Quantifying the contribution of sustainable forest practices to at-risk species and terrestrial and aquatic communities

Principal Investigator: Dr. Darren Miller, Vice President, Forestry Programs, NCASI

Collaborators: National Alliance of Forest Owners (NAFO), Sustainable Forestry Initiative (SFI), U.S. Fish and Wildlife Service

Supported by: U.S. Fish and Wildlife Service and NCASI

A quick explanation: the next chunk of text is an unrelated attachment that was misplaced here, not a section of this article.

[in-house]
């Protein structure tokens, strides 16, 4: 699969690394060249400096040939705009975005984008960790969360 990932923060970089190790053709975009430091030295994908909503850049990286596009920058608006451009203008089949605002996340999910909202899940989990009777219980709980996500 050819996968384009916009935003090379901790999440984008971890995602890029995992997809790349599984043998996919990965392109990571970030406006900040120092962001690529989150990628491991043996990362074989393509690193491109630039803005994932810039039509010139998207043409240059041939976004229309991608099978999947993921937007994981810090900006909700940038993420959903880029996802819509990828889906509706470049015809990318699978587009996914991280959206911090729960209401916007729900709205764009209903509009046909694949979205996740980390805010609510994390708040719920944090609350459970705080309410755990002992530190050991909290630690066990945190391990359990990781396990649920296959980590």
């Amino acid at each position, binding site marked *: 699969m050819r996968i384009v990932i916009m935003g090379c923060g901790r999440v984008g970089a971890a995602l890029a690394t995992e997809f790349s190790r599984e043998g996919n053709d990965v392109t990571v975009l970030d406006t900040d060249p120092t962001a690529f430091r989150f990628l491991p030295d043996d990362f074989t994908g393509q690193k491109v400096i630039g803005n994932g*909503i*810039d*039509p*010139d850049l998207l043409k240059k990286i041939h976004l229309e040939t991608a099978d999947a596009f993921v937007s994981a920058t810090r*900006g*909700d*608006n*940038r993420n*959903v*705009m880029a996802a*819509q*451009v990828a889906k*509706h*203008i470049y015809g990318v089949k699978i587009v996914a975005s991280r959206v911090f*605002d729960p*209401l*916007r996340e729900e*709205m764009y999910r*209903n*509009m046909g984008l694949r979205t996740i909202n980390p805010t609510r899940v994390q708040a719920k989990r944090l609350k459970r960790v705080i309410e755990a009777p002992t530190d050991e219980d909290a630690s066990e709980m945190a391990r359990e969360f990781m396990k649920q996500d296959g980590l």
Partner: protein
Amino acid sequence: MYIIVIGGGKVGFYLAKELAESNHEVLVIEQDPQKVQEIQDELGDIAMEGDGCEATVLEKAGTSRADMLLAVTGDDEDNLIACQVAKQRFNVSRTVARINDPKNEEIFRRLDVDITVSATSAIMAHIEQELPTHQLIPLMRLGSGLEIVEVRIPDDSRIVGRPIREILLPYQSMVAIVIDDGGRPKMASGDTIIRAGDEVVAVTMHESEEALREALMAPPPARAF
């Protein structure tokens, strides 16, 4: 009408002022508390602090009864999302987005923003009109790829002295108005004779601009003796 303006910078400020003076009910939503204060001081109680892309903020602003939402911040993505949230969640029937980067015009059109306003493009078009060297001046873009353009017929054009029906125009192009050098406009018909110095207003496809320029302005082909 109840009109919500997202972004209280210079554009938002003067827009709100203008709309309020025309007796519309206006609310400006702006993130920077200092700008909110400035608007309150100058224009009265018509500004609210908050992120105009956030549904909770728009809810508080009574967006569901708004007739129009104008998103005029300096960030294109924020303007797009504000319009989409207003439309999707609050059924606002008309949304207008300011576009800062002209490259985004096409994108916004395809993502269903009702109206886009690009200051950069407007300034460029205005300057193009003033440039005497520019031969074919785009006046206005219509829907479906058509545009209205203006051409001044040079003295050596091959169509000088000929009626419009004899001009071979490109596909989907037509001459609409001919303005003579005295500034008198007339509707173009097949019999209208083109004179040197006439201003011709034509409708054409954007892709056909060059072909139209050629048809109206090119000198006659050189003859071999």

Project Summary: The overarching premise of sustainable forestry is that realizing value via forest management can be accomplished on the landscape while providing ecosystem services, such as biodiversity, at sufficiently broad scales of space and time. Although widespread certification of forests in the southeastern U.S. provides assurances of sustainability, further understanding the role of private, working forests for conservation of at-risk species is needed. The purpose of this project is to quantify the role of working forest landscapes in conserving species-at-risk and maintaining aquatic and terrestrial communities. Specifically, we seek to examine species from multiple taxonomic groups over an extended time horizon in a landscape dominated by certified, private forests managed primarily for timber production.